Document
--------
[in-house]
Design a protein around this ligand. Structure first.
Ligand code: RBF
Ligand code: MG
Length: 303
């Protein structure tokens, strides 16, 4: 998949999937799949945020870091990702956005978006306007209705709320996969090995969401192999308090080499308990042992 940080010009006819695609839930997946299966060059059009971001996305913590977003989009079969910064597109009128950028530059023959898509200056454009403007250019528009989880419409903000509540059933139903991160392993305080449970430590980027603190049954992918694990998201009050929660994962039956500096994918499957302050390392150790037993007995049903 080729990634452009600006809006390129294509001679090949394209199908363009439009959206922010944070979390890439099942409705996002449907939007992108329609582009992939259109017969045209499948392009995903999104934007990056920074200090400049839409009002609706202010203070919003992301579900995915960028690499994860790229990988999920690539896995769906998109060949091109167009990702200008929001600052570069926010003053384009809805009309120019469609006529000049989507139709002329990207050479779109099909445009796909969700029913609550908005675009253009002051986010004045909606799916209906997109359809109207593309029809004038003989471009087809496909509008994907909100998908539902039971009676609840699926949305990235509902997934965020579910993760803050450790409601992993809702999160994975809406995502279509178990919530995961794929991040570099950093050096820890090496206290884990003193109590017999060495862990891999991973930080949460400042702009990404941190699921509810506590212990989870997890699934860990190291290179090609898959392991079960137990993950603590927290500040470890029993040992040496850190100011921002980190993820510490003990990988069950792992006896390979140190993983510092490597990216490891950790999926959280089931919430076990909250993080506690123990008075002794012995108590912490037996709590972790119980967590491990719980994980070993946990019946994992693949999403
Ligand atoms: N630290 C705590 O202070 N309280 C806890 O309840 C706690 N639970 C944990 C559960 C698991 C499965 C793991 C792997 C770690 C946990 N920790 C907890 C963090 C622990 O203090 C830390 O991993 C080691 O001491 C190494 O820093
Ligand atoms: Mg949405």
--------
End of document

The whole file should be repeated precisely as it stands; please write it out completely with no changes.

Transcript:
[in-house]
Design a protein around this ligand. Structure first.
Ligand code: RBF
Ligand code: MG
Length: 303
């Protein structure tokens, strides 16, 4: 998949999937799949945020870091990702956005978006306007209705709320996969090995969401192999308090080499308990042992 940080010009006819695609839930997946299966060059059009971001996305913590977003989009079969910064597109009128950028530059023959898509200056454009403007250019528009989880419409903000509540059933139903991160392993305080449970430590980027603190049954992918694990998201009050929660994962039956500096994918499957302050390392150790037993007995049903 080729990634452009600006809006390129294509001679090949394209199908363009439009959206922010944070979390890439099942409705996002449907939007992108329609582009992939259109017969045209499948392009995903999104934007990056920074200090400049839409009002609706202010203070919003992301579900995915960028690499994860790229990988999920690539896995769906998109060949091109167009990702200008929001600052570069926010003053384009809805009309120019469609006529000049989507139709002329990207050479779109099909445009796909969700029913609550908005675009253009002051986010004045909606799916209906997109359809109207593309029809004038003989471009087809496909509008994907909100998908539902039971009676609840699926949305990235509902997934965020579910993760803050450790409601992993809702999160994975809406995502279509178990919530995961794929991040570099950093050096820890090496206290884990003193109590017999060495862990891999991973930080949460400042702009990404941190699921509810506590212990989870997890699934860990190291290179090609898959392991079960137990993950603590927290500040470890029993040992040496850190100011921002980190993820510490003990990988069950792992006896390979140190993983510092490597990216490891950790999926959280089931919430076990909250993080506690123990008075002794012995108590912490037996709590972790119980967590491990719980994980070993946990019946994992693949999403
Ligand atoms: N630290 C705590 O202070 N309280 C806890 O309840 C706690 N639970 C944990 C559960 C698991 C499965 C793991 C792997 C770690 C946990 N920790 C907890 C963090 C622990 O203090 C830390 O991993 C080691 O001491 C190494 O820093
Ligand atoms: Mg949405």